Westerners clung to the idea Constantinople might be recaptured, “a bombastic expectation” that never subsided. Regardless of the delusional hopes of Western Christendom, the Ottomans returned Istanbul to greatness. Under Suleiman the Magnificent, who ruled for over four decades beginning in 1520, the Ottomans entered their “golden age.” He expanded westward by consolidating gains in southeastern and eastern Europe, then turned his attention to the Persians in the east. Though he took a vastly different approach from Byzantine predecessors such as Justinian, Suleiman made great efforts to renew the city’s status as an international beacon. Istanbul was again transformed.
Unlike the Greeks and Romans who believed urban areas reflected their own civilization, one in which citizens lived, flourished, and interacted with the state, the Ottomans, according to Madden, had no such conceptions of the relationship between citizens and rulers, and demonstrated little interest in urban planning. No great roads were constructed, “everything was a snarl of dirt backways and a few cobbled wider streets that snaked through the city.”
Despite their apparent ambivalence regarding urban planning, the Ottomans established numerous architectural achievements. Suleiman engaged in two general types of construction: 1) infrastructure for the pragmatic functions of the city and empire, and 2) securing his memory and those of others in Istanbul history. The refurbishment of the Roman aqueducts serves as an example of the first, and the Süleymaniye Mosque is an example of the second. The Ottoman ruler benefitted from the talents of the empire’s greatest architect, Mimar Sinan, who has been credited with the construction of hundreds of buildings in the city and is widely regarded as the individual who ushered “in the Ottoman classical style of architecture,” notes Madden.
The politics of the harem did enable some women to wield power, but only in the context of an institution that one can generously describe as misogynistic and, in its own way, quite violent. Outside of the few women who secured power by giving birth to the next Sultan, it offered a safe (relatively), but distinctly unluxurious existence, as many of the sometimes 4,000 residents of the Topkapi Harem were slaves of slaves. More broadly, though excluded from the trade guilds, women participated in the larger Istanbul economy in manufacturing but more commonly in household cottage industries. They could bring suits in court, own property and workshops, lend money, co-own bathhouses, and sometimes worked as tax farmers. Well-off women engaged in urban redevelopment, residential and commercial.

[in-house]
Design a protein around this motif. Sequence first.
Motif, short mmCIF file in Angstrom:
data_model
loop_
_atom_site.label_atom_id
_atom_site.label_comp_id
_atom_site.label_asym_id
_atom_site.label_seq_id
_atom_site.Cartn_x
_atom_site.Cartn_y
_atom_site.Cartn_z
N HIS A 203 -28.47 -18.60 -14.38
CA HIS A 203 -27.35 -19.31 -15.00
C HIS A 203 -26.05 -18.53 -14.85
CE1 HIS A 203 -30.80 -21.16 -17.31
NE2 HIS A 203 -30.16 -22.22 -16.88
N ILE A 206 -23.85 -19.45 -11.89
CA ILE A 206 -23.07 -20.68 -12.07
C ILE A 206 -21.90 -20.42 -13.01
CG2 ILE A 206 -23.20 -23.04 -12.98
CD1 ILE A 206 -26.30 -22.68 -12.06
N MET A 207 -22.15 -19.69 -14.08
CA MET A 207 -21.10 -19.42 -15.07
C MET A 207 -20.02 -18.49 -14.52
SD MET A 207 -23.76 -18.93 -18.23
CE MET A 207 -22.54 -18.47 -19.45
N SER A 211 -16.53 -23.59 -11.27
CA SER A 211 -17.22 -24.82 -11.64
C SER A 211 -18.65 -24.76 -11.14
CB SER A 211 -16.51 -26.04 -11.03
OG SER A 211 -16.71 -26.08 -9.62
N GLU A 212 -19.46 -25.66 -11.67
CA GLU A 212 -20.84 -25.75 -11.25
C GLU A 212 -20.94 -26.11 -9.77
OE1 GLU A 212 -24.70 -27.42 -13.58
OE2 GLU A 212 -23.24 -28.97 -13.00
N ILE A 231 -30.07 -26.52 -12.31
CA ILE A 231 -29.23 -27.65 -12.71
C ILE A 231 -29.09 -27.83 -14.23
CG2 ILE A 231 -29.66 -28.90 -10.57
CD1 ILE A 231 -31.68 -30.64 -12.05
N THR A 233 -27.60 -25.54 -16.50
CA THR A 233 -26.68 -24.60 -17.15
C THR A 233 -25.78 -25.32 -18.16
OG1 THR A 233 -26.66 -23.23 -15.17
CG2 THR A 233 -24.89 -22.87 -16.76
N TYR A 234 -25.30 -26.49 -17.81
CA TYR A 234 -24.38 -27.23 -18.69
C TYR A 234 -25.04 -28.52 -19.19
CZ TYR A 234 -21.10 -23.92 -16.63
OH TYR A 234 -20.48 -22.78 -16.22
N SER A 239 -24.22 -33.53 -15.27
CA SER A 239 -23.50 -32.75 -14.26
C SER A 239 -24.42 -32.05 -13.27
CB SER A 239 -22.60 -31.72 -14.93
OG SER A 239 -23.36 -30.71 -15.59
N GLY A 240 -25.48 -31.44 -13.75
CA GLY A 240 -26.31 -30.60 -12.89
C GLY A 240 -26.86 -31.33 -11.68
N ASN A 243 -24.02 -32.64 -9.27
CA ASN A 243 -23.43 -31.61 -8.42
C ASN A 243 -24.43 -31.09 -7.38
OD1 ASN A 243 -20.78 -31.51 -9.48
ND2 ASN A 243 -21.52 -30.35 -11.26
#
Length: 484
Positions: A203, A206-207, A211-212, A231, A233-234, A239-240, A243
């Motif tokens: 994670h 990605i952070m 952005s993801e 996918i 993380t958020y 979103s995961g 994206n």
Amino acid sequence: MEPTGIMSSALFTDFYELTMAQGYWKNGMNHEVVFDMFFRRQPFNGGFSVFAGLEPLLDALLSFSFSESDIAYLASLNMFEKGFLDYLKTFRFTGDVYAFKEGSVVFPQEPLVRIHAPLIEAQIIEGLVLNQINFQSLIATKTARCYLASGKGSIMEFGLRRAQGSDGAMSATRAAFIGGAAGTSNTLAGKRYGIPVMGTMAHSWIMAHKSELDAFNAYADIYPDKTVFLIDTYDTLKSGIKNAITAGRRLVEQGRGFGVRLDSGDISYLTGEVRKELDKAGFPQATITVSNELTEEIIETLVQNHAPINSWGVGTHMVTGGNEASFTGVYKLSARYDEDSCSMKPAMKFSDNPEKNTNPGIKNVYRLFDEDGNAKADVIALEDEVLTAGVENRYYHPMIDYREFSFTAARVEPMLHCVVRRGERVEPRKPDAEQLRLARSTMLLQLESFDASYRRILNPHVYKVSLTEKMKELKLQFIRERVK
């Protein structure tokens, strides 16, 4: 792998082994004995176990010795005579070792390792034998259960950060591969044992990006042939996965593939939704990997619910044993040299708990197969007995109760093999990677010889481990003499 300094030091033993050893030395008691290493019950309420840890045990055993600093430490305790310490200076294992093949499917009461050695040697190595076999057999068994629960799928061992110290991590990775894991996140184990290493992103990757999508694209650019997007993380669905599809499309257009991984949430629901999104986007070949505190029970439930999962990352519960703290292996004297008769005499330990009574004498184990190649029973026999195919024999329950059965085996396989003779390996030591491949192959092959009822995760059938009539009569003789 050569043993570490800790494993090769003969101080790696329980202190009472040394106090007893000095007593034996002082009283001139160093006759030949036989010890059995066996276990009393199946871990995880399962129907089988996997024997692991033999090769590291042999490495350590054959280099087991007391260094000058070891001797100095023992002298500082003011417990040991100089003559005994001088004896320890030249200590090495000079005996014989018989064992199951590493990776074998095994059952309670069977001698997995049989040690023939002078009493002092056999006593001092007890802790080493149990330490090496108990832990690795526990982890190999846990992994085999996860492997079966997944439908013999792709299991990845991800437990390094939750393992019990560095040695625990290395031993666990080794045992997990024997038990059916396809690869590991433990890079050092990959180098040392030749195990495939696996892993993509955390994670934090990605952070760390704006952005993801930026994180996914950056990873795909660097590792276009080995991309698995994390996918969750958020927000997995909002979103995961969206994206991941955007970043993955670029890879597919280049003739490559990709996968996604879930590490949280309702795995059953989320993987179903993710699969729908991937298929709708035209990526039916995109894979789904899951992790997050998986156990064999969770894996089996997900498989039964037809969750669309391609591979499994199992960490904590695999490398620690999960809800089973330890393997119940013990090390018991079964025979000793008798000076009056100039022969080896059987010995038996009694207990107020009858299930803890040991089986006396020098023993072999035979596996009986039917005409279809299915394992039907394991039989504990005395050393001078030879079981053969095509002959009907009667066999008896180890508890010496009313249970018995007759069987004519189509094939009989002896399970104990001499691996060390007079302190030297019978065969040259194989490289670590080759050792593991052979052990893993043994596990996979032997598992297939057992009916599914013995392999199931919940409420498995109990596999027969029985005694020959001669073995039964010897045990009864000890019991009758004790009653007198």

By the mid-1800s, the Ottoman Empire had gained the unfortunate nickname, “the sick man of Europe,” a sprawling multinational conglomeration that under the pressures of nationalism was increasingly coming apart at its multi-ethnic seams—yet Istanbul stood as proudly as ever. Ottoman goods flowed into Western Europe and railways connected the city to Asia and Europe when the Orient Express established its route to Istanbul in the late nineteenth century. Global politics opened up the city such that Western tourists descended upon it, “to enjoy a bit of orientalist tourism…[T]he forbidden fruits of Istanbul were ever more desirable—and ever more attainable,” notes Hughes.
Modern Views of Istanbul
Designer Thomas Hope sketched his vision of the city into some 350 drawings, capturing mosques, palaces, coffee shops, street children, and numerous other aspects of the early nineteenth-century city. Lord Byron visited Istanbul in the early 1800s. His travelogues, as well as those of Hope, Mary Shelley, and Percy Shelley, were undoubtedly orientalist in nature and based on the limited access to the city granted to Europeans, who were not allowed to freely roam across Istanbul. Even when visiting acquaintances, “visitors were rarely admitted to any room but the parlor, foreigners are seldom able to make sense of what they say,” writes Pamuk. Yet, even with such a blinkered view, nineteenth-century writers, Byron in particular, brought “Ottoman Istanbul into drawing rooms across the globe.
Other writers, including Gustave Flaubert and Mark Twain, followed in subsequent decades, with access no greater than those who came before and often focused on Istanbul’s most “other” aspects such as the Topkapi Harem and the Slave Market when appraising the city. Twain captured the feeling of many of his Western contemporaries, who argued the city promised more than it delivered. From “a mile up or so the Bosphorus,” the city might be “the handsomest” ever seen, but “its attractiveness begins and ends with its picturesqueness…A street in Constantinople is a picture one ought to see once—not oftener.”
Such orientalist interpretations have not sat well with Istanbullus like Pamuk, though the writer admits to feelings of ambivalence more than resentment. Turkish writers have failed to give the city their full attention, he argues, leaving Westerners to fill the literary vacuum. “Because the country is trying to westernize, what western writers say is desperately important, but whenever a western observer goes too far, the Istanbul reader…cannot help but feel heartbroken.”